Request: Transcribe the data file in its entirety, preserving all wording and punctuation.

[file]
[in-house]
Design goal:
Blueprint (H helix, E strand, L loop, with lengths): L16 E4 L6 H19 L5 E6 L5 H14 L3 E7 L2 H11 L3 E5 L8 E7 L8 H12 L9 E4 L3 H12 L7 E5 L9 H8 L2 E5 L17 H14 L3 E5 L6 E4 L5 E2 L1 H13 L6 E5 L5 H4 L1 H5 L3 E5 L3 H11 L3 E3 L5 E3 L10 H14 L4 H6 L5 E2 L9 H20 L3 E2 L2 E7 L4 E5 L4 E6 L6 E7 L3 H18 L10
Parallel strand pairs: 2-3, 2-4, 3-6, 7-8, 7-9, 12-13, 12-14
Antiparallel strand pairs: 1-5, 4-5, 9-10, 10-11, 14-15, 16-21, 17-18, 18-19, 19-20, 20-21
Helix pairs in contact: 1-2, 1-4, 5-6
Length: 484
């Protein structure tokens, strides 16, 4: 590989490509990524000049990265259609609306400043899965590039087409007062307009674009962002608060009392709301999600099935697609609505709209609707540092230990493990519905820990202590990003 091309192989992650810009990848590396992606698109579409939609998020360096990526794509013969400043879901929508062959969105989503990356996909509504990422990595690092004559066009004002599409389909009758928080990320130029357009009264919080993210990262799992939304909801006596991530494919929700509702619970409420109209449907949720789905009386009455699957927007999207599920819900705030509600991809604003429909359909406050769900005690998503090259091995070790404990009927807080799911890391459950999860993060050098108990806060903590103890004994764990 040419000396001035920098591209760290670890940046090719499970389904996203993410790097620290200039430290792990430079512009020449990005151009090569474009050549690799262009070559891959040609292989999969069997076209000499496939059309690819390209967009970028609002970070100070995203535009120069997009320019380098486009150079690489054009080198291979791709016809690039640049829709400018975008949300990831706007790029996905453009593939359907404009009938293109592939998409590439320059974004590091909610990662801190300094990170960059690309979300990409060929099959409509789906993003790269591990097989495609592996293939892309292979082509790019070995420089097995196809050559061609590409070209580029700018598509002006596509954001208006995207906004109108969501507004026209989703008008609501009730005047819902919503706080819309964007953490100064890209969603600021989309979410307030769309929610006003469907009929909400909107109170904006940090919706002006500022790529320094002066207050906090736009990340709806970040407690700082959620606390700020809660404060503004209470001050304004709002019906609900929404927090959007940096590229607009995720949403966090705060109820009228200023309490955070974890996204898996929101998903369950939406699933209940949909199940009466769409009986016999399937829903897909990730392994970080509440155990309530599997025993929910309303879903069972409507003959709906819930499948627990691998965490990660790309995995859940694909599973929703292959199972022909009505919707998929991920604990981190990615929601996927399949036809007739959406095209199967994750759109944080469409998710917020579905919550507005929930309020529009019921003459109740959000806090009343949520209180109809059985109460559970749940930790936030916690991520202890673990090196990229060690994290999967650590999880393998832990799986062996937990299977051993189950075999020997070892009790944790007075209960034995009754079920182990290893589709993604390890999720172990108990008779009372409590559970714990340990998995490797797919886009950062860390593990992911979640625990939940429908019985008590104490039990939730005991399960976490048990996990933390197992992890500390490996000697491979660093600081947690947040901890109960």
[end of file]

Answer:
[in-house]
Design goal:
Blueprint (H helix, E strand, L loop, with lengths): L16 E4 L6 H19 L5 E6 L5 H14 L3 E7 L2 H11 L3 E5 L8 E7 L8 H12 L9 E4 L3 H12 L7 E5 L9 H8 L2 E5 L17 H14 L3 E5 L6 E4 L5 E2 L1 H13 L6 E5 L5 H4 L1 H5 L3 E5 L3 H11 L3 E3 L5 E3 L10 H14 L4 H6 L5 E2 L9 H20 L3 E2 L2 E7 L4 E5 L4 E6 L6 E7 L3 H18 L10
Parallel strand pairs: 2-3, 2-4, 3-6, 7-8, 7-9, 12-13, 12-14
Antiparallel strand pairs: 1-5, 4-5, 9-10, 10-11, 14-15, 16-21, 17-18, 18-19, 19-20, 20-21
Helix pairs in contact: 1-2, 1-4, 5-6
Length: 484
């Protein structure tokens, strides 16, 4: 590989490509990524000049990265259609609306400043899965590039087409007062307009674009962002608060009392709301999600099935697609609505709209609707540092230990493990519905820990202590990003 091309192989992650810009990848590396992606698109579409939609998020360096990526794509013969400043879901929508062959969105989503990356996909509504990422990595690092004559066009004002599409389909009758928080990320130029357009009264919080993210990262799992939304909801006596991530494919929700509702619970409420109209449907949720789905009386009455699957927007999207599920819900705030509600991809604003429909359909406050769900005690998503090259091995070790404990009927807080799911890391459950999860993060050098108990806060903590103890004994764990 040419000396001035920098591209760290670890940046090719499970389904996203993410790097620290200039430290792990430079512009020449990005151009090569474009050549690799262009070559891959040609292989999969069997076209000499496939059309690819390209967009970028609002970070100070995203535009120069997009320019380098486009150079690489054009080198291979791709016809690039640049829709400018975008949300990831706007790029996905453009593939359907404009009938293109592939998409590439320059974004590091909610990662801190300094990170960059690309979300990409060929099959409509789906993003790269591990097989495609592996293939892309292979082509790019070995420089097995196809050559061609590409070209580029700018598509002006596509954001208006995207906004109108969501507004026209989703008008609501009730005047819902919503706080819309964007953490100064890209969603600021989309979410307030769309929610006003469907009929909400909107109170904006940090919706002006500022790529320094002066207050906090736009990340709806970040407690700082959620606390700020809660404060503004209470001050304004709002019906609900929404927090959007940096590229607009995720949403966090705060109820009228200023309490955070974890996204898996929101998903369950939406699933209940949909199940009466769409009986016999399937829903897909990730392994970080509440155990309530599997025993929910309303879903069972409507003959709906819930499948627990691998965490990660790309995995859940694909599973929703292959199972022909009505919707998929991920604990981190990615929601996927399949036809007739959406095209199967994750759109944080469409998710917020579905919550507005929930309020529009019921003459109740959000806090009343949520209180109809059985109460559970749940930790936030916690991520202890673990090196990229060690994290999967650590999880393998832990799986062996937990299977051993189950075999020997070892009790944790007075209960034995009754079920182990290893589709993604390890999720172990108990008779009372409590559970714990340990998995490797797919886009950062860390593990992911979640625990939940429908019985008590104490039990939730005991399960976490048990996990933390197992992890500390490996000697491979660093600081947690947040901890109960």